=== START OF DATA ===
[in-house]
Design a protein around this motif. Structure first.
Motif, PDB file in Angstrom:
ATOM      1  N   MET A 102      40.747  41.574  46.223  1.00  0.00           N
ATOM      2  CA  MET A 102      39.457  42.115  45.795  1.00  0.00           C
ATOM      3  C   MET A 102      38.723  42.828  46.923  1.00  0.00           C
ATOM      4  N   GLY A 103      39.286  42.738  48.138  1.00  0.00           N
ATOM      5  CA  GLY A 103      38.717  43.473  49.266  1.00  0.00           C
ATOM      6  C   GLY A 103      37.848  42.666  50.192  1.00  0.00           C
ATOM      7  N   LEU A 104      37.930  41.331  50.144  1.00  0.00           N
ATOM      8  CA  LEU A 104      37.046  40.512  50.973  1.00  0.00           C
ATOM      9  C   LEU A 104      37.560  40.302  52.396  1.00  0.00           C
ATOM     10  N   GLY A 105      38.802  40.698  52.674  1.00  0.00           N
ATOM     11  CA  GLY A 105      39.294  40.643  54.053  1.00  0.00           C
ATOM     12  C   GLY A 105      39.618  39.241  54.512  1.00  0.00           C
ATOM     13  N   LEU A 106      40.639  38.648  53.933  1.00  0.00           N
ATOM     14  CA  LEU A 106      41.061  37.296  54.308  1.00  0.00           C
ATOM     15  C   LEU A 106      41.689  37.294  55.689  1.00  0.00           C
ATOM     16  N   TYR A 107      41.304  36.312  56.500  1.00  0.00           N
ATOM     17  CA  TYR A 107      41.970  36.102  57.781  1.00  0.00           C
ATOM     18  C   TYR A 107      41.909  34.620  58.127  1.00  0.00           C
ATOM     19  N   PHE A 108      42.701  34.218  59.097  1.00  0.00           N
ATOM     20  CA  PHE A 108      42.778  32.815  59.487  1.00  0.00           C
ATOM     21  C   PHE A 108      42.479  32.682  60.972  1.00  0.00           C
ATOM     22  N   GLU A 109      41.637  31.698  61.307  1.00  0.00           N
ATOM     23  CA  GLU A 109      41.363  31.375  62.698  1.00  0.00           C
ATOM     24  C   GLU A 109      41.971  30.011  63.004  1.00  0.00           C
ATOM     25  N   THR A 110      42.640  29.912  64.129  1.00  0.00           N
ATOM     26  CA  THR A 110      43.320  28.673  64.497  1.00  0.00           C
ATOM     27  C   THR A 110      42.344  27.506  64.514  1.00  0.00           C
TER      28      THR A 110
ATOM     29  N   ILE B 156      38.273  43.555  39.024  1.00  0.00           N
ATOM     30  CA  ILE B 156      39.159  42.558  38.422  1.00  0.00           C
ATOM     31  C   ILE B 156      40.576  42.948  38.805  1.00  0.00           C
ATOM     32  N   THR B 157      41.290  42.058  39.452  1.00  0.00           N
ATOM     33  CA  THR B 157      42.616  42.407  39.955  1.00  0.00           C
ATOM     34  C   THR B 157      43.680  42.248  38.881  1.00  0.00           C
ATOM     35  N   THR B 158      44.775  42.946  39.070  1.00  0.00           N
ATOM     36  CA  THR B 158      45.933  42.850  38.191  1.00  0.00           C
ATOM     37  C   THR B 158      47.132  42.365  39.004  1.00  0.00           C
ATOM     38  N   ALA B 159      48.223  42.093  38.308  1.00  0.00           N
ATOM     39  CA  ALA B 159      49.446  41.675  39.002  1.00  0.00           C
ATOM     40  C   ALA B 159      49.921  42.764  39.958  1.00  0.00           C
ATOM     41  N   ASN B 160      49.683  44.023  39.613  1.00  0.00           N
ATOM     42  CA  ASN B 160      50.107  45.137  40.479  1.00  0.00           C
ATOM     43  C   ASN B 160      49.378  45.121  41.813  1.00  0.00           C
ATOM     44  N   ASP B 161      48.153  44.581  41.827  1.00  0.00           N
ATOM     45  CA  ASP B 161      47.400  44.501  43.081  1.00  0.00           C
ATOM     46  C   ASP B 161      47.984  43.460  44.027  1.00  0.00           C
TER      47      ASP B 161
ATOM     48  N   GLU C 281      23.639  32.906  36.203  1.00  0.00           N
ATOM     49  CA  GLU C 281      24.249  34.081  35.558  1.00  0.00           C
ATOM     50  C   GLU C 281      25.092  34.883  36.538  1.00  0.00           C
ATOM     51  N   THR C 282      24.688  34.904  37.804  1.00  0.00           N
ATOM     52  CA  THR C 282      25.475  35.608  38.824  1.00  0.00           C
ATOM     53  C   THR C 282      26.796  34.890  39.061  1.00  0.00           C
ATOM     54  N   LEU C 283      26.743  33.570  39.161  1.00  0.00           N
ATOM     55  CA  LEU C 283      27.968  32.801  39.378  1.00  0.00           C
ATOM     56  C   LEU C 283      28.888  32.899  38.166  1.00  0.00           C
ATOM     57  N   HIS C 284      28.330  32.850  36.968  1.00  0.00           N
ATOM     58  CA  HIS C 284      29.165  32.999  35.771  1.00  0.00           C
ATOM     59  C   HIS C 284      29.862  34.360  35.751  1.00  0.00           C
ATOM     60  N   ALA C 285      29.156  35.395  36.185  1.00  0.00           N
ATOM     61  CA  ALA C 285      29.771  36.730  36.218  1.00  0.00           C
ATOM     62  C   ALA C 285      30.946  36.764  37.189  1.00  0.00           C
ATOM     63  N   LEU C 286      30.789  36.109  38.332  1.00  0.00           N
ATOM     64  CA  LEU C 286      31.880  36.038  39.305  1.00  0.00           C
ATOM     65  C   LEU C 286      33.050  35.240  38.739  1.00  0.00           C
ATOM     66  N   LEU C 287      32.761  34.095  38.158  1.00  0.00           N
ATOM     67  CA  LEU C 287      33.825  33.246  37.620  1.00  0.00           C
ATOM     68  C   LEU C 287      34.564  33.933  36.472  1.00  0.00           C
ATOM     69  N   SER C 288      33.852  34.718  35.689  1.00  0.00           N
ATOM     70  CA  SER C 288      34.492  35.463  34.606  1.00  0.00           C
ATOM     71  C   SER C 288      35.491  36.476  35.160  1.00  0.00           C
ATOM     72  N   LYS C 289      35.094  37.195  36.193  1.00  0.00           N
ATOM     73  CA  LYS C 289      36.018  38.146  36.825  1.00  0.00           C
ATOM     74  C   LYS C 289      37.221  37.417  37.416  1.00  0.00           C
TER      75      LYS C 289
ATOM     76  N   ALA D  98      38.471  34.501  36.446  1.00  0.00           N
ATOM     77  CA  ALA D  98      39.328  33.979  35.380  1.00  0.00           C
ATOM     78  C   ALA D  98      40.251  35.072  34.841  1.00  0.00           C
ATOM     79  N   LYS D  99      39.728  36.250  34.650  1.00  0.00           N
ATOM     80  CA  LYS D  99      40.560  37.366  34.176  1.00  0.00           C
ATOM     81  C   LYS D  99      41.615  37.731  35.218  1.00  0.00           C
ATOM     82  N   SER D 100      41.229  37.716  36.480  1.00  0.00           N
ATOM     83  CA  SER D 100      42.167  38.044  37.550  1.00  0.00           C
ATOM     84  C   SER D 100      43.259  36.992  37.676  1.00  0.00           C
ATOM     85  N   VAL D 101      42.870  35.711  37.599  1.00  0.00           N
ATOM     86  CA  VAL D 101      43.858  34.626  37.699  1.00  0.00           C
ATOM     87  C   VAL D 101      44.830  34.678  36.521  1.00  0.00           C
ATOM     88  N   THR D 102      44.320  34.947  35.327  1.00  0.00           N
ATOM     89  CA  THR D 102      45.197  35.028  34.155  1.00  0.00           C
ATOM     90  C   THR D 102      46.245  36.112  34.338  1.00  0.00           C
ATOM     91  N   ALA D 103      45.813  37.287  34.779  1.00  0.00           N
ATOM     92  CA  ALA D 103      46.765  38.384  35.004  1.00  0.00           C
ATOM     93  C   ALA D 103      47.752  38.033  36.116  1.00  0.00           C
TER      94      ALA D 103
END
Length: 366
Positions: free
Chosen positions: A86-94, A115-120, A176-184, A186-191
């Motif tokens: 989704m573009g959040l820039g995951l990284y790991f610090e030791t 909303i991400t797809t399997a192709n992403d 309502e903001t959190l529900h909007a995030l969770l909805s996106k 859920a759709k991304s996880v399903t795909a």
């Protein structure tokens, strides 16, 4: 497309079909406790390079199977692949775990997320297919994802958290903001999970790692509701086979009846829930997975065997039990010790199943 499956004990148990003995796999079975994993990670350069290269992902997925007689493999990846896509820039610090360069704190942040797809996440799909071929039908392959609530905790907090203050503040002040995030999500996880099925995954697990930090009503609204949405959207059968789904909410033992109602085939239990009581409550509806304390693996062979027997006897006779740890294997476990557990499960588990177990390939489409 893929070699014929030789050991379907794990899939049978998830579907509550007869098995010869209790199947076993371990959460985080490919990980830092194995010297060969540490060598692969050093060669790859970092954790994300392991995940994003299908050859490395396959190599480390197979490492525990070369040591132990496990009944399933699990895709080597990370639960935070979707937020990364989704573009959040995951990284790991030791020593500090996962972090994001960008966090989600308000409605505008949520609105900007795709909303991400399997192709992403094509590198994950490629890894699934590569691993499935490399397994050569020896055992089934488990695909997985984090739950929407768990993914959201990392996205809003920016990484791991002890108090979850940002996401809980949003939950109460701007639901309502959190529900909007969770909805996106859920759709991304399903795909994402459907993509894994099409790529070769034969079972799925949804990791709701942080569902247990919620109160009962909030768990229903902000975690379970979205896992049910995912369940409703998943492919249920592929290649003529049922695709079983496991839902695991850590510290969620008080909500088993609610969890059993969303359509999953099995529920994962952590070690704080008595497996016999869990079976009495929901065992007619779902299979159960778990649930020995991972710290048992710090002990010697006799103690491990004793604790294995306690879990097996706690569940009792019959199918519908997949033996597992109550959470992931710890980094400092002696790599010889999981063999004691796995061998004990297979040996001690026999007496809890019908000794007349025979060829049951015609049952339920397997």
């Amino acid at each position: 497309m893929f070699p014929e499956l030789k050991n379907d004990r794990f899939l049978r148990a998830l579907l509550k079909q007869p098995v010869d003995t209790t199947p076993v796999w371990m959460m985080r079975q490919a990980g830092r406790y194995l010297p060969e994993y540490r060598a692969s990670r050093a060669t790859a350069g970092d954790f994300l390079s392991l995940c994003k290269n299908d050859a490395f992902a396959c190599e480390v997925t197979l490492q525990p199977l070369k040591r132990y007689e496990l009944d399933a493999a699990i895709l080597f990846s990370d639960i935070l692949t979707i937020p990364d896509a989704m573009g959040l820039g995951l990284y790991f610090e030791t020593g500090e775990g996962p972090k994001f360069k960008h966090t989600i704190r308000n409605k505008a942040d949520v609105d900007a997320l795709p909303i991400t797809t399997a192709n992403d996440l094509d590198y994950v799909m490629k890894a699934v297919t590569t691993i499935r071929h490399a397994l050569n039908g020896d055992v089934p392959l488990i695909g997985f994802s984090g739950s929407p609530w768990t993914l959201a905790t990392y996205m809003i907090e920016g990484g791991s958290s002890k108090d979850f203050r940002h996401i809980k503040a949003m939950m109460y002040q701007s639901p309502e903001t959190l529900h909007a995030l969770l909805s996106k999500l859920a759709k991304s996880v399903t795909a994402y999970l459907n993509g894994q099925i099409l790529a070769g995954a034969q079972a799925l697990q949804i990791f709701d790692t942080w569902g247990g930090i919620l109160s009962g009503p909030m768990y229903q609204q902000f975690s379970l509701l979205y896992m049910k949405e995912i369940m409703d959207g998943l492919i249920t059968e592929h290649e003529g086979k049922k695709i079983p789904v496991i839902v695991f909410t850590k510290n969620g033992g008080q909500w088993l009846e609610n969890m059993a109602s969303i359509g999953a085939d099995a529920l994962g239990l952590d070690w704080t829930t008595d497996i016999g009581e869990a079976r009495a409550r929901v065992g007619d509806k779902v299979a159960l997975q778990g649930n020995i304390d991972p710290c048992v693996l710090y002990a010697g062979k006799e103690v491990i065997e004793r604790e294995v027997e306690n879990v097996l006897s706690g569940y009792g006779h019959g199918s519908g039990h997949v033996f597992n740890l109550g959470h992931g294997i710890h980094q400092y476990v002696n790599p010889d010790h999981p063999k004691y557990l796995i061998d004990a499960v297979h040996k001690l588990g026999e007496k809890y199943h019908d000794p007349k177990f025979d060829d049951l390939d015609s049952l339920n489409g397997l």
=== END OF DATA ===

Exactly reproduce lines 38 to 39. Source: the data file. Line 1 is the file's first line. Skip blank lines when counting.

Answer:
ATOM     35  N   THR B 158      44.775  42.946  39.070  1.00  0.00           N
ATOM     36  CA  THR B 158      45.933  42.850  38.191  1.00  0.00           C